If you've got ten bucks, I have some stock ideas for you.
I've been singling out attractive opportunities in low-priced stocks since my original "5 Stocks Under $10" column nine years ago, and I've seen plenty of stocks with pocket change prices generate incredible gains.
There are risks, and they are readily apparent given the recent volatility. There are often good reasons for stocks to be ignored or beaten down. However, a market rally can work wonders for the unloved with positive catalysts in their pockets.
Let's go over my five picks from March 2009 to prove my point.
|Sirius XM Radio||$1.835||$0.198||827%|
*Bare Escentuals was acquired for $18.20 a share last year.
The average gain of 462% in two years is remarkable. Focus Media
Let's go over this month's picks.
Infinera's digital optical networking systems have always been at the mercy of the telecommunications industry, but these days it may also be a victim to demands for higher fiber capacity that fall outside of its wheelhouse.
Shares of Infinera also took a hit after posting uninspiring fourth-quarter results, as sequential sales slipped to a prolific customer.
The upside here is that Infinera is backed by a cash-rich balance sheet, and analysts see the company's fiscal performance bouncing back next year. Investors can always wait until that materializes, but Infinera is unlikely to still be trading in the single digits when that happens.
Let's play a game that I like to call Price This Stock.
I'm thinking of a company that analysts see profitability nearly doubling to $1.18 a share in its fiscal year that ended three weeks ago. Wall Street is targeting net income of $1.41 a share this new fiscal year. The estimates are probably too low, because it has beaten analyst guesstimates by 17% or better every quarter over the past year.
Did I mention that it's also in the sexy but volatile solar industry?
GT Solar isn't the only solar energy play that's trading at a ridiculously low valuation, but it's the one I'm rolling with this month. Sure, there are concerns that debt-saddled European nations and an overheated Chinese economy may cool on sun power, but that pessimism appears to be baked into current prices.
The only thing worse than losing market share is commanding a shrinking slice in a shrinking pie.
THQ's video game world has been rocked over the past two years. Folks just aren't buying games and gear the way they used to. Despite the recent hardware wins by the 3DS handheld gaming system and the Kinect motion-based controller, the industry's in a funk. Market tracker NPD Group claims that year-over-year sales took a 4% hit last month, weighed down by a 16% plunge in physical game titles.
This is unwelcome news for game maker THQ, a bit player largely known for its licensed wrestling games and kid-friendly titles.
I wasn't a fan of THQ's poorly received holiday quarter report. The company's got into a bad habit of talking down guidance that it ultimately barely clears. However, I do like that THQ sold 1.2 million uDraw tablets for the Wii during the quarter, opening the door for future game sales for the scribbling accessory.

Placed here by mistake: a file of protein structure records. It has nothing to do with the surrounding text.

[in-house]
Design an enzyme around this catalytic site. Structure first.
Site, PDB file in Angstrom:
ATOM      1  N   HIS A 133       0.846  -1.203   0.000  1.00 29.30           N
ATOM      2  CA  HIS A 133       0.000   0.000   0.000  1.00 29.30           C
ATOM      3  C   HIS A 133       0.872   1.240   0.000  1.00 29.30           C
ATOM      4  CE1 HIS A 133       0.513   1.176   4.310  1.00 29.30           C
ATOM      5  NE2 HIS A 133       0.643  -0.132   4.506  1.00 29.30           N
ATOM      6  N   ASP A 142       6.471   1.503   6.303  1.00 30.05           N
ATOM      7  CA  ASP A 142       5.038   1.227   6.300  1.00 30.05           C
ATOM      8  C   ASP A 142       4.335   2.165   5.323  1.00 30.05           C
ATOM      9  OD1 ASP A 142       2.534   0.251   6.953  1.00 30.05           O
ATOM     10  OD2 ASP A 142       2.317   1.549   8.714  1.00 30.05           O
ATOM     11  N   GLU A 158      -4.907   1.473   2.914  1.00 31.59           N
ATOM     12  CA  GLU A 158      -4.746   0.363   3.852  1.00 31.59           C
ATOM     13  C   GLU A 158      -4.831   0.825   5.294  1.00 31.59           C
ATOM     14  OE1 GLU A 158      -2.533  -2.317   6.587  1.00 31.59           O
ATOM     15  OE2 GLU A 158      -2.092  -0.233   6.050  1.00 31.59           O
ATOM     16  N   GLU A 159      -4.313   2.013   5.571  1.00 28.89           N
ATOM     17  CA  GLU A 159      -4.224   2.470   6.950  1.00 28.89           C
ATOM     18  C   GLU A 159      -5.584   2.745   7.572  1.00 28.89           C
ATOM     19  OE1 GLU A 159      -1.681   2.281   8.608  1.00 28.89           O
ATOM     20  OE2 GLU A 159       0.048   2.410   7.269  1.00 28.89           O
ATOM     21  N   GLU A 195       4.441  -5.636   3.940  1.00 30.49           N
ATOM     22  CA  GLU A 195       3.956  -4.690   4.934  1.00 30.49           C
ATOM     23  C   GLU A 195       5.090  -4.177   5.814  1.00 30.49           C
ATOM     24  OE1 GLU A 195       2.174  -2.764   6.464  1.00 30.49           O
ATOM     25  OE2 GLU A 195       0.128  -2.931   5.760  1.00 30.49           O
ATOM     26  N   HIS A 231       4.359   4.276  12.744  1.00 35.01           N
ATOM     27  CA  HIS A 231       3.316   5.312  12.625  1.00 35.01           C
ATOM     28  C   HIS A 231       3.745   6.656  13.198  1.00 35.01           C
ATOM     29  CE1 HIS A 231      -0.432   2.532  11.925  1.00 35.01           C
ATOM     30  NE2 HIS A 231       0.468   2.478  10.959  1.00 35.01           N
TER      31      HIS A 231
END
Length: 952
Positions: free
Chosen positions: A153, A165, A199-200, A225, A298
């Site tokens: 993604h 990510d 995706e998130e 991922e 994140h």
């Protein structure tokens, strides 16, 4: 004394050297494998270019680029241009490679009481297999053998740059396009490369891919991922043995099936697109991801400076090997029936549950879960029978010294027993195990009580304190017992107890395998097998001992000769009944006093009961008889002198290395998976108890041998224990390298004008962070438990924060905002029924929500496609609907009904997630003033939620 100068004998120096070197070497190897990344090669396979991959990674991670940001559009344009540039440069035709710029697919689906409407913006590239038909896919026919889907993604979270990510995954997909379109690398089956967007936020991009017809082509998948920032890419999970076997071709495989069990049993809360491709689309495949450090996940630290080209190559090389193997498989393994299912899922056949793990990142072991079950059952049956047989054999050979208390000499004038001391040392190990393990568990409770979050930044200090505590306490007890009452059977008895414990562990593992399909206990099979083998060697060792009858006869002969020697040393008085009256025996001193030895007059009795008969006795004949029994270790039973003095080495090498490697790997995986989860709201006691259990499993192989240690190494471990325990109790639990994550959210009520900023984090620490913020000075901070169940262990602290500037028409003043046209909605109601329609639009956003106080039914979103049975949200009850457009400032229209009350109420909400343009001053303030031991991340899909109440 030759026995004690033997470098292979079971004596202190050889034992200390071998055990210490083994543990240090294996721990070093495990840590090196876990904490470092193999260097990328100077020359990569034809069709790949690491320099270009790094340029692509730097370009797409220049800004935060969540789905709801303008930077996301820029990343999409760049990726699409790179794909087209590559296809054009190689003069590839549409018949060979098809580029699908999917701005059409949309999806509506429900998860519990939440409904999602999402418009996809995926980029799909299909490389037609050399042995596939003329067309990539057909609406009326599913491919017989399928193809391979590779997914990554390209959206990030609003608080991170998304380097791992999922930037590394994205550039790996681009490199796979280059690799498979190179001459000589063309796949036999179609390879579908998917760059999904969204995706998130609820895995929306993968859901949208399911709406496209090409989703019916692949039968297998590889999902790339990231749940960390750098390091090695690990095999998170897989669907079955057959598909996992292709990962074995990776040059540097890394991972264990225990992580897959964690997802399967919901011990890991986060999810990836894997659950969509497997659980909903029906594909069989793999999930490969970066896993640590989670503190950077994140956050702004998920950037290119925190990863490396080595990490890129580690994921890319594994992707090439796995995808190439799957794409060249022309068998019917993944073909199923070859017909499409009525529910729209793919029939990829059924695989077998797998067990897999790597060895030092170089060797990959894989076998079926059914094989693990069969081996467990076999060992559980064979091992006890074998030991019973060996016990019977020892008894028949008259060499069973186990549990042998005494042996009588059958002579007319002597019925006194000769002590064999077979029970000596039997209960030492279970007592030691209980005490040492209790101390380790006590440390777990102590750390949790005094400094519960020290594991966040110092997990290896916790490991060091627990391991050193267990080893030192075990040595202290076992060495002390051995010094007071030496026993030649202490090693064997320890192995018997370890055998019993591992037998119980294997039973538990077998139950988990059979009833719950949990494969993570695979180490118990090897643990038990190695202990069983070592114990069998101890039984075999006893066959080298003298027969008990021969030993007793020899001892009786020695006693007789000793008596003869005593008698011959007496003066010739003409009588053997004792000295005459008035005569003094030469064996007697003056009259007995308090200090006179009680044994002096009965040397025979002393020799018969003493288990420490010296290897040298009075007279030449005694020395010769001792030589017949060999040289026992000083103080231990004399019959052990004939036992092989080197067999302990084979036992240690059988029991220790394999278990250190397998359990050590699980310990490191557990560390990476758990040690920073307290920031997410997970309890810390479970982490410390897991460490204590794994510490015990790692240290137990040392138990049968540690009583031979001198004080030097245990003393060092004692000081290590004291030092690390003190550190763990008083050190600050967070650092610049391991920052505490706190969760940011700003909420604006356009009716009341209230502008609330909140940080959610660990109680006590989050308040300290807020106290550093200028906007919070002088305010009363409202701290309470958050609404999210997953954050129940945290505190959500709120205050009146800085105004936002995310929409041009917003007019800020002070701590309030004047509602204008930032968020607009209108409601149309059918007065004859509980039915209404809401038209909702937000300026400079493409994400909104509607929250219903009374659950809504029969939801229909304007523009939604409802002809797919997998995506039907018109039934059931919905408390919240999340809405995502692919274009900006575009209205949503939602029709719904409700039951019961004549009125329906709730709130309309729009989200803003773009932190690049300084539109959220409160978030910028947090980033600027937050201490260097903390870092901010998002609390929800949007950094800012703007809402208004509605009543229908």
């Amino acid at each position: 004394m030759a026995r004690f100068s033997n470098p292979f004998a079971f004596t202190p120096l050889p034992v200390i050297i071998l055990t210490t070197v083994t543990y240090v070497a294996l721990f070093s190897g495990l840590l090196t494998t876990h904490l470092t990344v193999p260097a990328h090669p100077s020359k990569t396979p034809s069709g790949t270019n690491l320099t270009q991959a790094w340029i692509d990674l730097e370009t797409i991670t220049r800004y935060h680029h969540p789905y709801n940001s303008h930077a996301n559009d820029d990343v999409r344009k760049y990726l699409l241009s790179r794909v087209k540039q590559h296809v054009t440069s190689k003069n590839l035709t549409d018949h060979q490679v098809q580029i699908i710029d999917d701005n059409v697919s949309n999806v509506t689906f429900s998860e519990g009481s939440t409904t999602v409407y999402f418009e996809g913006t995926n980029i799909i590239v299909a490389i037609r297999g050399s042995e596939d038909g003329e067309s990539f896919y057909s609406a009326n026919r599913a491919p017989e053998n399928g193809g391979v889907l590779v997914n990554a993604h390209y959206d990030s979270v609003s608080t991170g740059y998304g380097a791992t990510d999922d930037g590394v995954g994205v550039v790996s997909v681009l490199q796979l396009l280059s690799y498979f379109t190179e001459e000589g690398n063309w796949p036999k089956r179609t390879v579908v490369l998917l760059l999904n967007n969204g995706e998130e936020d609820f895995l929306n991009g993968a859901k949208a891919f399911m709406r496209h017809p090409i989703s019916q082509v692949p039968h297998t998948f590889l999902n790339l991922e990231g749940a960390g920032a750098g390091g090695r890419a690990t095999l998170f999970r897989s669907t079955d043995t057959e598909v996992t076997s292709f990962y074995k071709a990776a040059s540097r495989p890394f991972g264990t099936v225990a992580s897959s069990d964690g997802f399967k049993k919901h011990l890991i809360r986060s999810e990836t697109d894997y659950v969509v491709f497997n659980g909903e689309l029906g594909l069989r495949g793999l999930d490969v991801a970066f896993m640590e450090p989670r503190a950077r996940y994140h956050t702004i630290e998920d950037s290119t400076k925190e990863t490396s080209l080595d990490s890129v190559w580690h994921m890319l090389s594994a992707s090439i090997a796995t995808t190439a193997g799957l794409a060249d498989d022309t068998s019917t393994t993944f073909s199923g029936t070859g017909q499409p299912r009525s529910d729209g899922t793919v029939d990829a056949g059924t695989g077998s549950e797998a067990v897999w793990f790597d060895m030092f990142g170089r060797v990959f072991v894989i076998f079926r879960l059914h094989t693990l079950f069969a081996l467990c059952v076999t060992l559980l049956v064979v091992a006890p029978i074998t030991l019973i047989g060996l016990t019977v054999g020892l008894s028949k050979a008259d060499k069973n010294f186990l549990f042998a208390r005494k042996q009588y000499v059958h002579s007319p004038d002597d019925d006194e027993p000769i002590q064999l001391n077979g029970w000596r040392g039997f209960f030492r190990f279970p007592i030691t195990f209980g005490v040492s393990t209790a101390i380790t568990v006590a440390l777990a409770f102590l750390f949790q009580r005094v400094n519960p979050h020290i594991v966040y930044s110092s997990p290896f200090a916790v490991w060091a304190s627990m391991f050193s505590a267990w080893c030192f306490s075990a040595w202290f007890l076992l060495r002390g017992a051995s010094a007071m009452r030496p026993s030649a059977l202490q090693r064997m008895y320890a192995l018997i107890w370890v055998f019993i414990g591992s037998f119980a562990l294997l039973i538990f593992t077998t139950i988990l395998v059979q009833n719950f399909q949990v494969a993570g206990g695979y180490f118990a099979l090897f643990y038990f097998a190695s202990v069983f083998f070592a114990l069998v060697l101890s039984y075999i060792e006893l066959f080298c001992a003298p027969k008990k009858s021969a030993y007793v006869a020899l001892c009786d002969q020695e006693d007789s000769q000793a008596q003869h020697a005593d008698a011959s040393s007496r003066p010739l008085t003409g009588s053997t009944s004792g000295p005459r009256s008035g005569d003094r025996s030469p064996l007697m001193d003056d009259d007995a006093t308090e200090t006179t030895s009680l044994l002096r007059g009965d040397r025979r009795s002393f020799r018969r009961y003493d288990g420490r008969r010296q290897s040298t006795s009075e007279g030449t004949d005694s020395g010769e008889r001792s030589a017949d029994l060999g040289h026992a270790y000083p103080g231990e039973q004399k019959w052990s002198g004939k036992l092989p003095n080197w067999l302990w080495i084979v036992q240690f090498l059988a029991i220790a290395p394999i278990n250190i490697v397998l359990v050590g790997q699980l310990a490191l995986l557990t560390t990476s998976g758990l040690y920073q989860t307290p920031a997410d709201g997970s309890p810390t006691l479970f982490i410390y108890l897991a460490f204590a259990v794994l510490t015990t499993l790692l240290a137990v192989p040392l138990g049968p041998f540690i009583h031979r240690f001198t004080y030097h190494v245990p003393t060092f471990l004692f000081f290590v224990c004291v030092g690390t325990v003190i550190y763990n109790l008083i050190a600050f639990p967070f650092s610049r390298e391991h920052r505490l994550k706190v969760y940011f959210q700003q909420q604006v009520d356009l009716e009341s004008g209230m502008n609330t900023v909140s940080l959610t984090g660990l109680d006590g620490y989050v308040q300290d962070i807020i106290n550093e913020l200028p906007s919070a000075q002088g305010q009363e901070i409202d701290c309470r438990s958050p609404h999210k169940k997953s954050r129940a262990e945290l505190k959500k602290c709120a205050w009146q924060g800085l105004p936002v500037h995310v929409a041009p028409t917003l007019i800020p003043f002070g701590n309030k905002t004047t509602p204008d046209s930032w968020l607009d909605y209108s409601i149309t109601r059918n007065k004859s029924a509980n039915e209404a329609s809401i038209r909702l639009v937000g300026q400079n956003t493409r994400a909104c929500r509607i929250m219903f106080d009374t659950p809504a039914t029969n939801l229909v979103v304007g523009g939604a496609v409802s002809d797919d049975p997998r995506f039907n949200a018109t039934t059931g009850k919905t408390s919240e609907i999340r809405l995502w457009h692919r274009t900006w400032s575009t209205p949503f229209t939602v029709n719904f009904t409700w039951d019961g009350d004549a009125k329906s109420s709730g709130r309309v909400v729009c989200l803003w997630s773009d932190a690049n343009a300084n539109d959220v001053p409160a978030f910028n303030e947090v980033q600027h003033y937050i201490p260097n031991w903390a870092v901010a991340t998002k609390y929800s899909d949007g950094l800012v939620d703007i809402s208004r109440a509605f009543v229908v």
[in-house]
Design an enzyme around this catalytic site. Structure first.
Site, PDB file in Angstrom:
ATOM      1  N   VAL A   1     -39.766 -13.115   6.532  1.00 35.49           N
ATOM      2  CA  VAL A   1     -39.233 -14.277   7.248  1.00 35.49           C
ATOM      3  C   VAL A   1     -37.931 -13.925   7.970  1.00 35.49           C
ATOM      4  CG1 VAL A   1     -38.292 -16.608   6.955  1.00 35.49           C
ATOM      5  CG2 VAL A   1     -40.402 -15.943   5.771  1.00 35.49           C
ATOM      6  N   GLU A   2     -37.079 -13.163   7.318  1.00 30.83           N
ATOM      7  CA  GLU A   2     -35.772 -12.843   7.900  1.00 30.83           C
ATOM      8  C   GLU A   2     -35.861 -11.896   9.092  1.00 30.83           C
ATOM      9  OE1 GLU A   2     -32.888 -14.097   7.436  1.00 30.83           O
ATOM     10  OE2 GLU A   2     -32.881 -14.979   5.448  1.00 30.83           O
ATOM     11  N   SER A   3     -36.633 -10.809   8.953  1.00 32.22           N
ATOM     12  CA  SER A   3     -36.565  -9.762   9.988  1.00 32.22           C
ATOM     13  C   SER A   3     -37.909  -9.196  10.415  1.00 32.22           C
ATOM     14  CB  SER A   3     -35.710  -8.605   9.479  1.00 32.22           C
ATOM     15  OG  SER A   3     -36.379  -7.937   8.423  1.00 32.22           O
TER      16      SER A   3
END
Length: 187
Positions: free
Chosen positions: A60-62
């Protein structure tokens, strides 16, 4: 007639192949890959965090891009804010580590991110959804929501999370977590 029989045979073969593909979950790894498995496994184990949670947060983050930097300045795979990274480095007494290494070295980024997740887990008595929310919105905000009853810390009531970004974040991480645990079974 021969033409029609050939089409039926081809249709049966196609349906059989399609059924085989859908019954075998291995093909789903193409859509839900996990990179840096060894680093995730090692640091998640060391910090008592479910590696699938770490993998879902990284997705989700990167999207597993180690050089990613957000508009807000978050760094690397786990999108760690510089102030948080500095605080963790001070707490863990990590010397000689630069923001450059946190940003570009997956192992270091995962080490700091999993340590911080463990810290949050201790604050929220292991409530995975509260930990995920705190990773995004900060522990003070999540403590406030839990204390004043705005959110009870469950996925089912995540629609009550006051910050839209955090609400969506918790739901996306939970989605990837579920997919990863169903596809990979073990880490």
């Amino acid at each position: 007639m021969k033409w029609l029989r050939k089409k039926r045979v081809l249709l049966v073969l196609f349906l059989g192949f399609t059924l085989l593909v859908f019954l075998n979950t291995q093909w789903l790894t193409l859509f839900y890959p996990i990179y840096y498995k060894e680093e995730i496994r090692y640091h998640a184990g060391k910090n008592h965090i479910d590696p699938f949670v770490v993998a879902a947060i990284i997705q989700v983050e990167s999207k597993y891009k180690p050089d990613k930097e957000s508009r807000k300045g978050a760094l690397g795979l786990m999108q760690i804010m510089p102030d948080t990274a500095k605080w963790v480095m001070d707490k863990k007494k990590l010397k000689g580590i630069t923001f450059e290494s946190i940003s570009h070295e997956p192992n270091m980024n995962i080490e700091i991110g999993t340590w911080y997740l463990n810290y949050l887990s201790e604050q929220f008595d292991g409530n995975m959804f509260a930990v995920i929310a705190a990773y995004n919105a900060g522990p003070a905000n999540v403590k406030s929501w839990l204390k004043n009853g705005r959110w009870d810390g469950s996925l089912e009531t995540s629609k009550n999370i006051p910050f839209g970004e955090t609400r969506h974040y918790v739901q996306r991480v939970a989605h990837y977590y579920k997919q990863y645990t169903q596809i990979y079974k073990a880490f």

This is a risky wager, but the stock's gotten a lot cheaper than it was even after its holiday quarter drubbing. THQ is an interesting play as either a turnaround candidate or a buyout target.
Sirius XM Radio
Why revisit a monthly pick that's already nearly a 10-bagger since my March 2009 list? Well, the satellite radio provider is in much firmer footing these days. Revenue, earnings, and subscriber counts are improving, and there are also some meaty catalysts waiting in the wings.
Sirius XM 2.0, initiatives to get more folks to pay up for premium streaming, and new content deals seem more likely to move the stock higher than dashboard technology improvements working against it.
Buying structured settlements and providing premium financing for individual life insurance policies can be a controversial practice, though Imperial is there for folks who need money right away.
There are two things attracting me to Imperial. For starters, the stock went public at $10.75 two months ago. Today's investors can buy in for less than what underwriters were charging their prized accounts.
I also like the valuation here. Imperial has posted losses over the past couple of years, but the three analysts putting out estimates on the company see it earning $1.80 a share this year and $2.32 a share come 2012. As long as regulators don't crack down on Imperial's niche, the stock's a steal at five times this year's projected net income and four times next year's target.
Five for the road
These five stocks aren't trading in the single digits by accident. If I'm right about the catalysts, though, they may not be trading in the single digits for too much longer.
Finding promising stocks while they're still cutting their baby teeth is at the heart of the Rule Breakers newsletter that I write for. You can check it out for free this month with a 30-day trial subscription. There are a half dozen active stock recommendations in the growth stock research service that are trading for less than $10 at the moment, including Infinera. Check those out, and I'll be back with more on the third Monday of next month.
Longtime Fool contributor Rick Munarriz wonders how many people know that Alexander Hamilton is the one on the ten dollar bill. He does not own shares in any of the stocks in this article, except for Ford. He is also part of the Rule Breakers newsletter research team, seeking out tomorrow's ultimate growth stocks a day early. The Fool has a disclosure policy. Infinera is a Motley Fool Rule Breakers recommendation. Ford is a Motley Fool Stock Advisor selection. The Fool owns shares of Ford and Infinera. Try any of our Foolish newsletter services free for 30 days. We Fools may not all hold the same opinions, but we all believe that considering a diverse range of insights makes us better investors.